The debate on the Pension Plan last year gave the Board a taste for the reaction that can be anticipated to any effort to address personnel costs. But those of us who are entrusted with positions of leadership should be willing to deal with the criticisms that come with taking on the hard issues. Examination shows, however, that the staff people either provide the critical association infrastructure or support admired programs. Under our present procedures, it is very difficult to choose among those services and programs because there is no metric to compare the value of one activity against another. In my judgment, past actions to make blanket percentage cuts in staff have been quite harmful to the organization.
It is clear to me that the ABA must be restructured to consolidate entities and to shift activities to sections. The Program Committee of the Board has made some strides in taking this on substantively, but it is a long and arduous process. We will need to monitor carefully new initiatives, particularly those with a long funding tail, to prevent exacerbating the current situation.
Everyone recognizes that a dues increase, while raising more funds, will likely have an adverse effect on membership retention. Last year, the ABA obtained an overall gain in membership because of an increase in classes requiring lower dues. But the association lost members in its highest dues paying classes, in my judgment primarily attributable to the dues increase that went into effect last year. As a result, dues revenue was $2 million less than projected. The assessment of any future dues increase will include a realistic attrition factor.
This is all preliminary at this point because the Board has not yet assessed the contours of a dues increase, if we are to have one. This subject will be evaluated over the next several months and will be discussed more thoroughly at the Board meeting in June and at the House of Delegates in August at the ABA Annual Meeting.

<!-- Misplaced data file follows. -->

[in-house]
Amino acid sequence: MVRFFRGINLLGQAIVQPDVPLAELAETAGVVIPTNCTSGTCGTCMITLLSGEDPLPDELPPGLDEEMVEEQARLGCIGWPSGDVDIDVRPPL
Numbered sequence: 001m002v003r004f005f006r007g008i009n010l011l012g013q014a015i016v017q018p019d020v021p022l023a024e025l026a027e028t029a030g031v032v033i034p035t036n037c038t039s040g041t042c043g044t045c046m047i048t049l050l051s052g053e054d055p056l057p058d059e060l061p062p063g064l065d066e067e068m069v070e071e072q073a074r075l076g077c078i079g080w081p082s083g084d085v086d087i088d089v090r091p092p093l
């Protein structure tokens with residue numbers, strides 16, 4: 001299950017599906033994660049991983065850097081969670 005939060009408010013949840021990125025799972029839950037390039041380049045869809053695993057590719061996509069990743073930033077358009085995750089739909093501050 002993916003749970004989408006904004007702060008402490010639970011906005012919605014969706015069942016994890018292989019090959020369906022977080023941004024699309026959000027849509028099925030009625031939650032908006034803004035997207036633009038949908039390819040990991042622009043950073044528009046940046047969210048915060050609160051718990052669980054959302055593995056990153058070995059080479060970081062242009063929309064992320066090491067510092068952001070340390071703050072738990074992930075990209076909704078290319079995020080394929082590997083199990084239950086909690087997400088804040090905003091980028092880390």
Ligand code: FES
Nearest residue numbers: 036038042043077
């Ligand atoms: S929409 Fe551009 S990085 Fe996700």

The American Bar Association has made a great deal of progress in the last four years, notwithstanding all the problems we faced. We developed new reporting formats that give the Board, for the first time, an insight into the financial intricacies of the ABA. Largely through the good work of Chief Financial Officer Janet Gibbs and Controller Kay Geary, the ABA now is able to reconcile the reports that are received by the Board to the numbers that are attested to by the ABA’s outside auditors–again something that we did not have before. Most significantly, we have a new era in the ABA, where meaningful information (not just undifferentiated data) is provided to the Board that allows it to make policy decisions. The challenge will be for the Board members going forward to use that information to make the hard decisions that lie ahead.
I believe that the treasurer serves a unique function in the American Bar Association by providing the long term financial perspective to assure that the good works of the ABA can be sustained in the future. This makes the treasurer responsible for consistent adherence to basic principles of fiscal prudence. That credo is then passed along to the treasurers that follow. So, while we are not necessarily aware of the specific issues that our predecessors dealt with, we have assurance that they made responsible decisions to preserve the long term health of the association.
Whatever success I have had in fulfilling this assignment is largely attributable to many others, whom we cannot name due to space restrictions. But I seek your indulgence to mention a few. Bob Stein has combined being an extremely effective leader with unfailing personal kindness. Treasurer elect Bill Robinson–who will be a very strong treasurer of the ABA–has been my confidant and valued adviser, and in truth he has been my mentor while graciously portraying the reverse to everyone else. My partners at Rogers Joseph O’Donnell & Phillips have generously given me the time to do this work. I give my greatest thanks to Phyllis, my wife of 47 years, who–when I first told her that I was considering running for treasurer–indicated her enthusiasm by responding: “Would they elect a recently divorced person?” She has nonetheless supported me through the good and difficult times in the last four years, while she earned the universal affection and admiration of the entire ABA family.
It has been a great honor for me to serve as the treasurer of the American Bar Association.